Roof vents and chimneys are known in the roofing industry as roof penetrations because they stick up through the roof and shingles have to fit around them. This characteristic makes them highly susceptible to leaks if not handled correctly during reroofing.
Find out some common problems with chimneys and vents that a roofer will look for during an inspection.
Too Much Caulk, Tar, or Mastic
Chimney flashing is a two-part system: there’s an upper piece and a lower piece that overlap. The upper piece needs to be set into the mortar of the chimney, and a line of caulk is used to seal it in. But that’s all the caulk you should need. If your chimney is surrounded by caulk or roofing tar, or if random patches of tar or mastic are found, that’s a sign of problems.
Excess roofing tar is often a sign that the chimney leaked in the past and someone decided to take the quick route rather than doing a complete repair. The unfortunate thing is that these quick repairs tend to be temporary, so your chimney could start leaking again at any time.
The same can be said for excess tar and caulk around vents. And in some extreme cases, instead of the correct flashing or boot, an inspection reveals that only roofing tar was used to seal the junction between the vent pipe and the shingles.
Incorrectly Installed Flashing
Flashing issues are one of the most common reasons for leaks, especially chimney leaks. This is one big reason why you need an experienced professional to do any roofing work for you. A handyman or an amateur may not have any idea how to correctly source, install, overlap, and seal the flashing.
- Some common flashing installation problems with chimneys and vents include:
- Not enough flashing installed
- Wrong type of flashing use
- Flashing installed but shingles not cut correctly to form waterway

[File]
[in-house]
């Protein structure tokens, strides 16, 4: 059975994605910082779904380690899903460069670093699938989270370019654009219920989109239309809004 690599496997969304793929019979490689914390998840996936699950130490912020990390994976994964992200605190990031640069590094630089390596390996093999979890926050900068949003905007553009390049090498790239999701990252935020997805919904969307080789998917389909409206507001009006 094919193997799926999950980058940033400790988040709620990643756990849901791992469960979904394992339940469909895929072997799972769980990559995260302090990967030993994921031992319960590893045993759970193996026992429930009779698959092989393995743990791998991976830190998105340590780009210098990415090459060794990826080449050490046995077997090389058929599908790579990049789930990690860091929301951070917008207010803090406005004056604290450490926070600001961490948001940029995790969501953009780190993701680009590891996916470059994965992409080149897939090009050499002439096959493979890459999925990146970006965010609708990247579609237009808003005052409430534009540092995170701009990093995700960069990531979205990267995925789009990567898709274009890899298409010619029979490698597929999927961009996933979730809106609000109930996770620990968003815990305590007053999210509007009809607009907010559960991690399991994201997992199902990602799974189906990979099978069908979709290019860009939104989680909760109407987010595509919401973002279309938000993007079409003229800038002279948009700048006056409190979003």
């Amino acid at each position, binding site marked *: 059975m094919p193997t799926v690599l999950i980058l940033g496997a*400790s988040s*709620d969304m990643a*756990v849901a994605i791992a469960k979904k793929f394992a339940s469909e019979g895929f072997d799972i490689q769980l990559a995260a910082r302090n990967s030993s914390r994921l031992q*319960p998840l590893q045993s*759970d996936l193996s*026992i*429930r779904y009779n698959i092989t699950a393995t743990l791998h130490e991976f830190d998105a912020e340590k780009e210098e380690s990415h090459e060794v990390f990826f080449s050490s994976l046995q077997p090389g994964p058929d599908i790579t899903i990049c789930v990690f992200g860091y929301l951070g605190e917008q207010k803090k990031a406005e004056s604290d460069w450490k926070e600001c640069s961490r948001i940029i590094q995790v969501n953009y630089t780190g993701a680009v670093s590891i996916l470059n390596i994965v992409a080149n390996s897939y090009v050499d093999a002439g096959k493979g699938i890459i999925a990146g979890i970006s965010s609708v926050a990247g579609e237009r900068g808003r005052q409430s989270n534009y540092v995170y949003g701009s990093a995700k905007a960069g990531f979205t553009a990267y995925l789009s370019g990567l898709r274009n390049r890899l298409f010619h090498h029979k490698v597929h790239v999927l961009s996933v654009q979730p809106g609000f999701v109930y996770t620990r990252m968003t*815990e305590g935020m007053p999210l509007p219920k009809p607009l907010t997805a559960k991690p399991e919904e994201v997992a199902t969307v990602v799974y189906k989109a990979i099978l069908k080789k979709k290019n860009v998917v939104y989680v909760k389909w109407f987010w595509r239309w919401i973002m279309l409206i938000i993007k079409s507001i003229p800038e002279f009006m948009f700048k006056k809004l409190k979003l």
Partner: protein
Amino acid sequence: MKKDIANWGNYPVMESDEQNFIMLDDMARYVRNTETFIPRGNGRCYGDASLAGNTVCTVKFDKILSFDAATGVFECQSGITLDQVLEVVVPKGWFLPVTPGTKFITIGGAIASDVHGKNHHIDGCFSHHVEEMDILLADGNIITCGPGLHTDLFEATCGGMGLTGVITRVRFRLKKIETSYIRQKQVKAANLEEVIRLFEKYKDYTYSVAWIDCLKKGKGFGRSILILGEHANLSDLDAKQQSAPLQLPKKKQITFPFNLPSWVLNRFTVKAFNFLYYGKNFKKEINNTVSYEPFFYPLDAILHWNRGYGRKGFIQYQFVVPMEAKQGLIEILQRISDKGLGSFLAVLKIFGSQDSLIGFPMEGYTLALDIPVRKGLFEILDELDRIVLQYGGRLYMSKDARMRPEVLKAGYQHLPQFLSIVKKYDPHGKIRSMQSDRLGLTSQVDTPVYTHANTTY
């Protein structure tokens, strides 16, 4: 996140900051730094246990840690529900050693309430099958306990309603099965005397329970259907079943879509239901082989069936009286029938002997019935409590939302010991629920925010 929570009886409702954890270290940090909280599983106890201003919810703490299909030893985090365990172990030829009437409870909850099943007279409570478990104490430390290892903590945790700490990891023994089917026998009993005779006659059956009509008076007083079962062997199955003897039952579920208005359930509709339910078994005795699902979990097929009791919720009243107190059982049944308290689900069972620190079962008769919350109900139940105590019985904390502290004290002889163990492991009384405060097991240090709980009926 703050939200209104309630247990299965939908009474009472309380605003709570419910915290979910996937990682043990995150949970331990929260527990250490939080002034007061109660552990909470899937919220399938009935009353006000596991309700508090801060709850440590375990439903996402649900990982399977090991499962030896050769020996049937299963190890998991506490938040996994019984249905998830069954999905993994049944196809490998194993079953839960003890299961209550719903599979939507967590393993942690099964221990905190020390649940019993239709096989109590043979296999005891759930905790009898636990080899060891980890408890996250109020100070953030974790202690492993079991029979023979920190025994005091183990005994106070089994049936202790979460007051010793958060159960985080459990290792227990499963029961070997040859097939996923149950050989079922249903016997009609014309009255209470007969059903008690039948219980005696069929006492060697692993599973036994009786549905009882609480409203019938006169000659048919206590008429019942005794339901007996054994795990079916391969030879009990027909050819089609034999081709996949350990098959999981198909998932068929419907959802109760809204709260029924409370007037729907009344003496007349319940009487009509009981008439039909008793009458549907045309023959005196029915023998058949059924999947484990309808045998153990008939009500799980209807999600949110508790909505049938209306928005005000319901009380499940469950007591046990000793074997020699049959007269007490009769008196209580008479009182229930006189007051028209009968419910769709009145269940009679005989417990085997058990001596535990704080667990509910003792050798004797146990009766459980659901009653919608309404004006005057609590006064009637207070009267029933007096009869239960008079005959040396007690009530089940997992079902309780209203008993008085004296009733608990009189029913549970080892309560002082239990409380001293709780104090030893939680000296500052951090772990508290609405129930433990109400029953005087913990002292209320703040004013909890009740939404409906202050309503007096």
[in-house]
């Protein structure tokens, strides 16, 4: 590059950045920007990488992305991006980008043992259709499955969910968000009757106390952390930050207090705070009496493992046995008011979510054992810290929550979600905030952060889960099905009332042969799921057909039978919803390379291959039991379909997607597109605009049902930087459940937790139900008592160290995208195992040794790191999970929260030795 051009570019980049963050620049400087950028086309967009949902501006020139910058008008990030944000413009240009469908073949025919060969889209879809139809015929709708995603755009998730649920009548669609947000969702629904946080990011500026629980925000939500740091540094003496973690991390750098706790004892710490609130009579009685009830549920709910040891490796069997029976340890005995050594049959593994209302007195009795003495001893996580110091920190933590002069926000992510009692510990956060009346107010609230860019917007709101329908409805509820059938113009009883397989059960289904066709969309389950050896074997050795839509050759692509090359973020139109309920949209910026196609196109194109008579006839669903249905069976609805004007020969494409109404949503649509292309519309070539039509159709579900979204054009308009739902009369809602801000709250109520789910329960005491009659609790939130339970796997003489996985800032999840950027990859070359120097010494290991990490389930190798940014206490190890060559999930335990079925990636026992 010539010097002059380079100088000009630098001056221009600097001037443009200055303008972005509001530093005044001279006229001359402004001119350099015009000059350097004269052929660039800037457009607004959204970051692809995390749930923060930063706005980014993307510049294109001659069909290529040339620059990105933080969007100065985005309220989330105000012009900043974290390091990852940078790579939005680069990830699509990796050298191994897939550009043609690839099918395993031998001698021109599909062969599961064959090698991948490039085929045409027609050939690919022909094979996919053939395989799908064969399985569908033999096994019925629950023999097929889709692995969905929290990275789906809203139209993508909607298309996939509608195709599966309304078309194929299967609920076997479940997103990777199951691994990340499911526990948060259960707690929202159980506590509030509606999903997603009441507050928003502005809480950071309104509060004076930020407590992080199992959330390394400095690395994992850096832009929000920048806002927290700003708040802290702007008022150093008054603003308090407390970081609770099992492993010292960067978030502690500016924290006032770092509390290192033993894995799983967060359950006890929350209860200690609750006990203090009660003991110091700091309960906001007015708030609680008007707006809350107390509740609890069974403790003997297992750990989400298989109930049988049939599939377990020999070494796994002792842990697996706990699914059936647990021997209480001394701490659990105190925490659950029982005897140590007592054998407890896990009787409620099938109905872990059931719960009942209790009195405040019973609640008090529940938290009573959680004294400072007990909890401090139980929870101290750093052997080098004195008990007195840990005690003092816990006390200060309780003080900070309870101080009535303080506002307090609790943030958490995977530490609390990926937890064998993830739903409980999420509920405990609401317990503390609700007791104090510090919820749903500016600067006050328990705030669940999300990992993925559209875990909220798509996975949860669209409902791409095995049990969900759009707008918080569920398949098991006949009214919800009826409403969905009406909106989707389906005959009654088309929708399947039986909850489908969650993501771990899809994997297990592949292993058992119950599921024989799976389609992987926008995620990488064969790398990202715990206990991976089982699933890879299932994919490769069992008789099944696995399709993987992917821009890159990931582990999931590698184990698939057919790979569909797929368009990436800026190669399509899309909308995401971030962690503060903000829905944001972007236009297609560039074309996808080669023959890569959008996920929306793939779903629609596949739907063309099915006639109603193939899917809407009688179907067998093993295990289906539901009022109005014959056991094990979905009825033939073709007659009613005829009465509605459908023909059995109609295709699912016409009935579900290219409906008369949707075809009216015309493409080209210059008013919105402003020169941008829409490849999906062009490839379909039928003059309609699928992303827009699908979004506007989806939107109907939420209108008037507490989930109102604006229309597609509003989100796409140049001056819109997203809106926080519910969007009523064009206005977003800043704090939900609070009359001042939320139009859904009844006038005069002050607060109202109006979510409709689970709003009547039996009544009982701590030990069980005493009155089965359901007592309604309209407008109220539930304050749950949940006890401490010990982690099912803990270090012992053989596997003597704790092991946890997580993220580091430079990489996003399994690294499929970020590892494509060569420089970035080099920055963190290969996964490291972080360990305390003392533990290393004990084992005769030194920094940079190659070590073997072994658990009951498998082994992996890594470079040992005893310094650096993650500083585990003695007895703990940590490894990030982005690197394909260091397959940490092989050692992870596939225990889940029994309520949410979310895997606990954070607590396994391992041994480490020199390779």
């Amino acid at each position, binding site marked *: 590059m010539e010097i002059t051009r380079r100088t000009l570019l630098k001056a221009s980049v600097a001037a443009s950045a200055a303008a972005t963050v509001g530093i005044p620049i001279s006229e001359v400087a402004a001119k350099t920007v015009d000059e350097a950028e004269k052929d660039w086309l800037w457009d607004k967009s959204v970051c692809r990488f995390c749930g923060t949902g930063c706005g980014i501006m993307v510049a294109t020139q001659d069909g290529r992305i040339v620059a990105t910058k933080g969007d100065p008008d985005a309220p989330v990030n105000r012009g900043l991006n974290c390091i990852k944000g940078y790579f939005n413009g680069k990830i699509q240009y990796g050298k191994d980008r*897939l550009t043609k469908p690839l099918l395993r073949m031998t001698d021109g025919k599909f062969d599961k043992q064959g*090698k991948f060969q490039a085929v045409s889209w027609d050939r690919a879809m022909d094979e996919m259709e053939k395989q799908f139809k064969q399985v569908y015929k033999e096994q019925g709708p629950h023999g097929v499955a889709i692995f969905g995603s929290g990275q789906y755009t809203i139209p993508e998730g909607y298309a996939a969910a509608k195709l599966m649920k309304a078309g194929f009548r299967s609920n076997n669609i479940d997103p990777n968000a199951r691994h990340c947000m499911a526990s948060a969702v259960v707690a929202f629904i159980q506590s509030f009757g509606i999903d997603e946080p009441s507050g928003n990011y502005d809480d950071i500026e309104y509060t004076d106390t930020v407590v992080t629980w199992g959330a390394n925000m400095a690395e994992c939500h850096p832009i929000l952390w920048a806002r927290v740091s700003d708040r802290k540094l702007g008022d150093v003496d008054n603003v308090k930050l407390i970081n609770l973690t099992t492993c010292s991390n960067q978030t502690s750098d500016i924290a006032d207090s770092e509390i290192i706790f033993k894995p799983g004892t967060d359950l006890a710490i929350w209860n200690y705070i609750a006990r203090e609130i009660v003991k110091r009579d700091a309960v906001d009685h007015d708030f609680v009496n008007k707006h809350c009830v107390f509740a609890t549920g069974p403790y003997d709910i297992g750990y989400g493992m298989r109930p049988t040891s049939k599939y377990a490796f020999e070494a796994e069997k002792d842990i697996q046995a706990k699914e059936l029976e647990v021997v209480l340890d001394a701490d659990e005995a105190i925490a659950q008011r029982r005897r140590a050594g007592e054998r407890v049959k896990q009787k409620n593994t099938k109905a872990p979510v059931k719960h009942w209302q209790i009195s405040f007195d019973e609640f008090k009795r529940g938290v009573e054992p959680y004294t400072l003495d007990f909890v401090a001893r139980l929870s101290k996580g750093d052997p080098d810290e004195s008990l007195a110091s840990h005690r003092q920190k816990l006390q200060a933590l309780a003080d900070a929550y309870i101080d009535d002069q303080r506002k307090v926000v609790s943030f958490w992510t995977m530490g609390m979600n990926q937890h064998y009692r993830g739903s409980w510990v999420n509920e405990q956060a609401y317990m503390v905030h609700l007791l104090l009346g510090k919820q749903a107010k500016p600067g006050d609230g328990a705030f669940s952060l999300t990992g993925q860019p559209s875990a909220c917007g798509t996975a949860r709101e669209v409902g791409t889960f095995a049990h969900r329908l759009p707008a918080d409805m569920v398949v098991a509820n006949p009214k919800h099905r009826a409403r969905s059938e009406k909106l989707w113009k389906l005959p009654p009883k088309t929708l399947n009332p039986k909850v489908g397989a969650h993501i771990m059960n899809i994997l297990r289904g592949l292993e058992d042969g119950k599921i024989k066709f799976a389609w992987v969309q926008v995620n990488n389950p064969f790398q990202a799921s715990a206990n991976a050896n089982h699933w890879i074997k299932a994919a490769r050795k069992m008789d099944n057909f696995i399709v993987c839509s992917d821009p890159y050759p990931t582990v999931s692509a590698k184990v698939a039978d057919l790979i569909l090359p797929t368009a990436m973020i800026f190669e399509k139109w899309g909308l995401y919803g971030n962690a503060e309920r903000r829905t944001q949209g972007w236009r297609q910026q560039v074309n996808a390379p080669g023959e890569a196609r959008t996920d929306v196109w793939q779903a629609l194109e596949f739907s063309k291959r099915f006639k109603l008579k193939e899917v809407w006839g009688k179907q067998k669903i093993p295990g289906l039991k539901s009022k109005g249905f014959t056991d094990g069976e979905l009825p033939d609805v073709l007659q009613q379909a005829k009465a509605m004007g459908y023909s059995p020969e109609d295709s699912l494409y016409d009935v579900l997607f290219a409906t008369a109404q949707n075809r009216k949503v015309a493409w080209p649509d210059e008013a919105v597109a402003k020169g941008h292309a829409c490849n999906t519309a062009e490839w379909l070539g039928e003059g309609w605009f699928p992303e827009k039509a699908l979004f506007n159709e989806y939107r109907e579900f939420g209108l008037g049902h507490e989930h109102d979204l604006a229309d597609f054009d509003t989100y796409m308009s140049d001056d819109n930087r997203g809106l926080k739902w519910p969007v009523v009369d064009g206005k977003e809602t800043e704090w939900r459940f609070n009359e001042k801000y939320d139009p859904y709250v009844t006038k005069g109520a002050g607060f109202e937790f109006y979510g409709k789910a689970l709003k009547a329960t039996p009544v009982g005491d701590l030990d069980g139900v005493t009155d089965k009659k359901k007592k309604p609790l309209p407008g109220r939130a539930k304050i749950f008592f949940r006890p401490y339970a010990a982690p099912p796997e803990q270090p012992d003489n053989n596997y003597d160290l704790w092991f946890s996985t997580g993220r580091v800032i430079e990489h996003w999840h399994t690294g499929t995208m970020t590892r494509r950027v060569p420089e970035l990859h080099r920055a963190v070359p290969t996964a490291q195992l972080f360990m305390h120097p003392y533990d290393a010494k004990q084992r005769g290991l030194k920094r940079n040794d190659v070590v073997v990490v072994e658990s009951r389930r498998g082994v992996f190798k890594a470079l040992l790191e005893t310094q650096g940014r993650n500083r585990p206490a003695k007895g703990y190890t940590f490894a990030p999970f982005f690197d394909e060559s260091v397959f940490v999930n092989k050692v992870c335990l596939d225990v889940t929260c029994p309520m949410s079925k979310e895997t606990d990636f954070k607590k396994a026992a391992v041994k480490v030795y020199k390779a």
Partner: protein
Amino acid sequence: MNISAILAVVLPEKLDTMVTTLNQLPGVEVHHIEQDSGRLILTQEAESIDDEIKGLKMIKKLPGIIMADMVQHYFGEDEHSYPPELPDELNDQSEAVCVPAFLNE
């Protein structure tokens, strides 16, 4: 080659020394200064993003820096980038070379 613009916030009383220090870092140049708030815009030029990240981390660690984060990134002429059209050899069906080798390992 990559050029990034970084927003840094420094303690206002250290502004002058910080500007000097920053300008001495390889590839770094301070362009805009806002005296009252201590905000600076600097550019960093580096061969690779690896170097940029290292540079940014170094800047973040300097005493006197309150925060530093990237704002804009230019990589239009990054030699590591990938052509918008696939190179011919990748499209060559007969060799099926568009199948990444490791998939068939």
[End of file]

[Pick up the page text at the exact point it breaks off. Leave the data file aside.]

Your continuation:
- Flashing overlapped incorrectly, so gravity pulls rainwater underneath
- Chimney flashing not set into chimney mortar correctly
As you can see, flashing is quite easy to get wrong in a variety of ways, which is why you need a trusted and time-tested contractor.
Worn-Out or Missing Components
Believe it or not, some roofing companies simply reuse the same flashing when they redo your roof. This is suboptimal from your point of view because even if it’s in good shape now, pre-used flashing is less likely to last the entire life span of your new roof, meaning you’re more likely to need repairs.
If your roof is a few decades old, even flashing that was new at the start may be worn-out now. And even if your chimney is made of masonry, it can also wear out given enough time.
Sometimes, vent components are missing altogether. For example, the storm collar and the vent cap are critical for correct function of furnace vents. Without a storm collar, water can leak through the roof, and without a vent cap, the vent could allow carbon monoxide back down into the building.
No Chimney Cricket
Not every chimney requires a chimney cricket, but it takes a roofer with industry knowledge and experience to know at a glance whether yours requires one or not. A cricket might be required for a few reasons. If your chimney is at the low end of a long slope, for example, or if it’s especially wide, it will need a cricket to help drain all that water away.
If your roof has no cricket, water can simply pool behind the chimney. Dead leaves and other debris can also get caught there, compounding the problem. Eventually it will leak and the area of roof deck behind the chimney will start to rot. Significant damage could occur to your roof by the time water damage starts showing up inside your house.
These are just some common issues with chimneys and vents; others can occur as well. Other roof penetrations, such as satellite dishes or solar panels, can experience similar issues. If you’re experiencing roof problems or if you just had a roofing job done and need a third-party inspection, get in touch with Amenity Roofing, Siding & Gutters LLC to learn more.